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(c) 2009-2015 Daniel Lemire (, Cliff Moon, David McIntosh (, Robert Becho (, Colby Ranger (, Veronika Zenz (, Owen Kaser (, Gregory Ssi-Yan-Kai (, and Rory Graves (

This code is licensed under Apache License, Version 2.0 (ASL2.0). (GPL 2.0 derivatives are allowed.)

This is a word-aligned compressed variant of the Java Bitset class. We provide both a 64-bit and a 32-bit RLE-like compression scheme. It can be used to implement bitmap indexes.

The goal of word-aligned compression is not to achieve the best compression, but rather to improve query processing time. Hence, we try to save CPU cycles, maybe at the expense of storage. However, the EWAH scheme we implemented is always more efficient storage-wise than an uncompressed bitmap (as implemented in the java BitSet class by Sun).

JavaEWAH offers competitive speed. In an exhaustive comparison, Guzun et al. (ICDE 2014) found that "EWAH offers the best query time for all distributions."

JavaEWAH also supports memory-mapped files: we can serialize the bitmaps to disk and then map them to memory using the java.nio classes. This may avoid wasteful serialization/deserialization routines.

The library also provides a drop-in replacement for the standard BitSet class. Like the other bitmap classes in JavaEWAH, this uncompressed BitSet class supports memory-mapped files as well as many other conviences.

For better performance, use a 64-bit JVM over 64-bit CPUs when using the 64-bit scheme (javaewah.EWAHCompressedBitmap). The 32-bit version (javaewah32.EWAHCompressedBitmap32) should compress better but be comparatively slower.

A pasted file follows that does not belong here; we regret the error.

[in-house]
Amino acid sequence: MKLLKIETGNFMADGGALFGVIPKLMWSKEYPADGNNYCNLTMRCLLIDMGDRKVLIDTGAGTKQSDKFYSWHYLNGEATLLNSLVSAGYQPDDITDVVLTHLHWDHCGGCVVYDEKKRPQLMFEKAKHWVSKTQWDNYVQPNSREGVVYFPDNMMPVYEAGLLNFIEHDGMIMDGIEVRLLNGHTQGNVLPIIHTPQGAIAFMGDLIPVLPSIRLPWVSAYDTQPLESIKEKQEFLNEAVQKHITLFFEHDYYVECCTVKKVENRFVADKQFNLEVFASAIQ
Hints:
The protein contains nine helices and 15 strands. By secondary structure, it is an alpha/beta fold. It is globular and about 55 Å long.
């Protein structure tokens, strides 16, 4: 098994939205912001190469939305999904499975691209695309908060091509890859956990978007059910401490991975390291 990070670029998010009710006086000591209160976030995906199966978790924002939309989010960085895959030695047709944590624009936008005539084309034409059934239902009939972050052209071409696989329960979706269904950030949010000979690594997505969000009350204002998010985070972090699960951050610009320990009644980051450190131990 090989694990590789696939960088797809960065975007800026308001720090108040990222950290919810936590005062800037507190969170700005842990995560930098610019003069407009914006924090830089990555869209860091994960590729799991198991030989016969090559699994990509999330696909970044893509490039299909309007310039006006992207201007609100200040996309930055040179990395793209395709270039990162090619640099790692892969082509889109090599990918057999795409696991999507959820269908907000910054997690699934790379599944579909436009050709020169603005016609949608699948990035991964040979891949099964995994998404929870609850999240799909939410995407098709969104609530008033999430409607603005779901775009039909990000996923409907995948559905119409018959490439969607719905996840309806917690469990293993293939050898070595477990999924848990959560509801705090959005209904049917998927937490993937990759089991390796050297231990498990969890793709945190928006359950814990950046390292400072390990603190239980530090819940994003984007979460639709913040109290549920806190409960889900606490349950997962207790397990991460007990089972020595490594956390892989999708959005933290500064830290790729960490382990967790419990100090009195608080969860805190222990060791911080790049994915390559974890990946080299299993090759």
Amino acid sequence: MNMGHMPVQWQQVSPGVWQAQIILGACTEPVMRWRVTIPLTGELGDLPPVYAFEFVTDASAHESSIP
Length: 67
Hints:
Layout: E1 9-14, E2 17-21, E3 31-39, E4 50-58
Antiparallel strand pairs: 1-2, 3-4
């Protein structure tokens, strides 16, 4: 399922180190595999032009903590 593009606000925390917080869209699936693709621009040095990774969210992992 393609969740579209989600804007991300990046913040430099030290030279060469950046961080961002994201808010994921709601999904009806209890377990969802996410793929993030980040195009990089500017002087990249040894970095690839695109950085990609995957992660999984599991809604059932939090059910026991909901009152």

Java 6 or better is required. We found the very latest OpenJDK release offered the best performance.

Real-world usage

JavaEWAH is part of Apache Hive, Apache Spark and Eclipse JGit. It has been used in production systems for many years.

Data format

For more details regarding the compression format, please see Section 3 of the following paper:

Daniel Lemire, Owen Kaser, Kamel Aouiche, Sorting improves word-aligned bitmap indexes. Data & Knowledge Engineering 69 (1), pages 3-28, 2010.

(The PDF file is freely available on the arXiv site.)


To run a simple benchmark, use the following command:

     $ mvn -Dtest=PerformanceTest test

For a simple comparison between this library and other libraries such as WAH, ConciseSet, BitSet and other options, please see

Unit testing

As of October 2011, this packages relies on Maven. To test it:

mvn test

See for details.


    EWAHCompressedBitmap ewahBitmap1 = EWAHCompressedBitmap.bitmapOf(0, 2, 55, 64, 1 << 30);
    EWAHCompressedBitmap ewahBitmap2 = EWAHCompressedBitmap.bitmapOf(1, 3, 64,
            1 << 30);
    System.out.println("bitmap 1: " + ewahBitmap1);
    System.out.println("bitmap 2: " + ewahBitmap2);
    // or
    EWAHCompressedBitmap orbitmap = ewahBitmap1.or(ewahBitmap2);
    System.out.println("bitmap 1 OR bitmap 2: " + orbitmap);
    System.out.println("memory usage: " + orbitmap.sizeInBytes() + " bytes");
    // and
    EWAHCompressedBitmap andbitmap = ewahBitmap1.and(ewahBitmap2);
    System.out.println("bitmap 1 AND bitmap 2: " + andbitmap);
    System.out.println("memory usage: " + andbitmap.sizeInBytes() + " bytes");
    // xor
    EWAHCompressedBitmap xorbitmap = ewahBitmap1.xor(ewahBitmap2);
    System.out.println("bitmap 1 XOR bitmap 2:" + xorbitmap);
    System.out.println("memory usage: " + xorbitmap.sizeInBytes() + " bytes");
    // fast aggregation over many bitmaps
    EWAHCompressedBitmap ewahBitmap3 = EWAHCompressedBitmap.bitmapOf(5, 55,
            1 << 30);
    EWAHCompressedBitmap ewahBitmap4 = EWAHCompressedBitmap.bitmapOf(4, 66,